Up to 25,000 people marched through the streets of Bratislava on March 2 to pay tribute to investigative journalist Ján Kuciak and his fiancée Martina Kušnírová, who were murdered in their house in Veľká Mača, close to Galanta (Trnava Region).
The civilian march started at 17:00 at Hviezdoslavovo Square, and the crowd then slowly moved to the Freedom Square, where speeches were also held.
“Bratislava is the capital of press freedom today,” said Christophe Deloire, secretary-general of the Reporters without Borders (RSF) organisation.
Some voices cannot be silenced
“This day should not be about politics, but rather the memory,” said President Andrej Kiska, calling on people to pay tribute to Kuciak and Kušnírová with one minute of silence.
Beata Balogová, editor-in-chief of the Sme daily, said during her speech the fact that “a journalist was killed is sad news about the current state of the republic”. She hopes it will resonate everywhere decisions are made.
“We have come to a crossroad where we need to decide what country we want to have,” Balogová said.
The murder of Kuciak and Kušnírová will belong to the events, which people will remember even in the future, said Lukáš Fila, head of the Denník N daily publishing house. He himself was shocked when he first learned about it on February 26.
“It’s important now what will happen with society next,” Fila said, adding that the shock this country has experienced cannot be erased, but it might make Slovakia a better country.
Árpád Soltész, journalist of the Noviny.sk website, said that Kuciak’s murder showed that democracy in Slovakia is threatened. The main message of his work was to make the country better and we all, not just journalists, should finish it.
"We are all Slovak journalists today," echoed Deloire.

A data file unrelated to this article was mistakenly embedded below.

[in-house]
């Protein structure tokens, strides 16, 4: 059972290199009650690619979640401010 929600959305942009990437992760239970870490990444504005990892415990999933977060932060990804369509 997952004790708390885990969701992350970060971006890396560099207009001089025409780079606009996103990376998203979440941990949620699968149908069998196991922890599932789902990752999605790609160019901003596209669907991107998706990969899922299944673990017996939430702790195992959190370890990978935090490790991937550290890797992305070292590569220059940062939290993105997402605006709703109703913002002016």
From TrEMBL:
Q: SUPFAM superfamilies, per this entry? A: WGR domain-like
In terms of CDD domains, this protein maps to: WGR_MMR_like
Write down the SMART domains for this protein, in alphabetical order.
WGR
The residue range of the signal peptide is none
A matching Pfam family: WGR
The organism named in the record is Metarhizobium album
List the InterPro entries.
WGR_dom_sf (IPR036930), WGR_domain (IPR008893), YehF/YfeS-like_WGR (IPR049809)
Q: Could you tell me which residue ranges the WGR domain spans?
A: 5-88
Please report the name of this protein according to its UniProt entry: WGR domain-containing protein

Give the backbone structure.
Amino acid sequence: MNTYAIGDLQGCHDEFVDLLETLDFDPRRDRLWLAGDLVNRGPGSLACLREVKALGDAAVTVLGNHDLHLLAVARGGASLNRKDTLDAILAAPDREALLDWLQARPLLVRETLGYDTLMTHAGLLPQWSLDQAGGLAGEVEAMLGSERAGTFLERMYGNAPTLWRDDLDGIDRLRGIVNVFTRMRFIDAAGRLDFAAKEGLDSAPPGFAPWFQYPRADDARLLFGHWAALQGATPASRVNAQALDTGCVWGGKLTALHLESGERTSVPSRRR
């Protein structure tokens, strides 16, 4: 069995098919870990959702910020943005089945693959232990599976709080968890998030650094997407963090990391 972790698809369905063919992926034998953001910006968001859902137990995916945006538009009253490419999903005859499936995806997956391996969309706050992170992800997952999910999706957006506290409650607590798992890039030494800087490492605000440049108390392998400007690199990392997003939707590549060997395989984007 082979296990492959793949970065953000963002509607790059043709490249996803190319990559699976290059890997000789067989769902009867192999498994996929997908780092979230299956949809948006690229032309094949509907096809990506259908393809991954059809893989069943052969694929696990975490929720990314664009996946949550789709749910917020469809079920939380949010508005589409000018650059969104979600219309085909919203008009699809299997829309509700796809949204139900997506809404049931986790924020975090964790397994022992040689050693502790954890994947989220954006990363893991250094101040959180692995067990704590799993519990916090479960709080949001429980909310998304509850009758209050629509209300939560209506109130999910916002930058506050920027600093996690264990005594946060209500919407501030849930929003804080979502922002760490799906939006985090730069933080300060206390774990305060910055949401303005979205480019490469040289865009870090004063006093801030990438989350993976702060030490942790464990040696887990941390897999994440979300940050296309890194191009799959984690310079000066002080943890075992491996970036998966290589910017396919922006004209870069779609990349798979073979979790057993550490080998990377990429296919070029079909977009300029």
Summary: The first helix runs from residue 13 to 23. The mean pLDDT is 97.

Martin M. Šimečka said in his speech that the journalists need their readers and audience not to be indifferent. The high number of march's participants gave him hope that the era of indifference has ended.
The organisers also read the letter from Pavla Holcová of the Czech Centre for Investigative Journalism, who often collaborated with Kuciak. She could not make it to the march as she is being protected by the police.
“I understood that neither the story nor the idea could be killed, even when trying hard,” the letter she sent reads.
People came for various reasons
19-year-old Kristína says she came to the march because she disagrees with the approach some politicians took towards the current situation.
“It’s the abuse of democracy,” she said.
Her friend Lucia (19) adds she came to express her sympathy for the families of the deceased.
“The murderers did not only kill the person, but also the freedom of press and thinking,” she said. “They’ve crossed the line and they cannot do this to us.”
The safety of the participants was supervised by the police officers. No serious incident occurred.
Apart from the capital, the marches and candle ceremonies were in other 50 cities in Slovakia and the world. (See the list here.)
2. Mar 2018 at 18:52 | Compiled by Spectator staff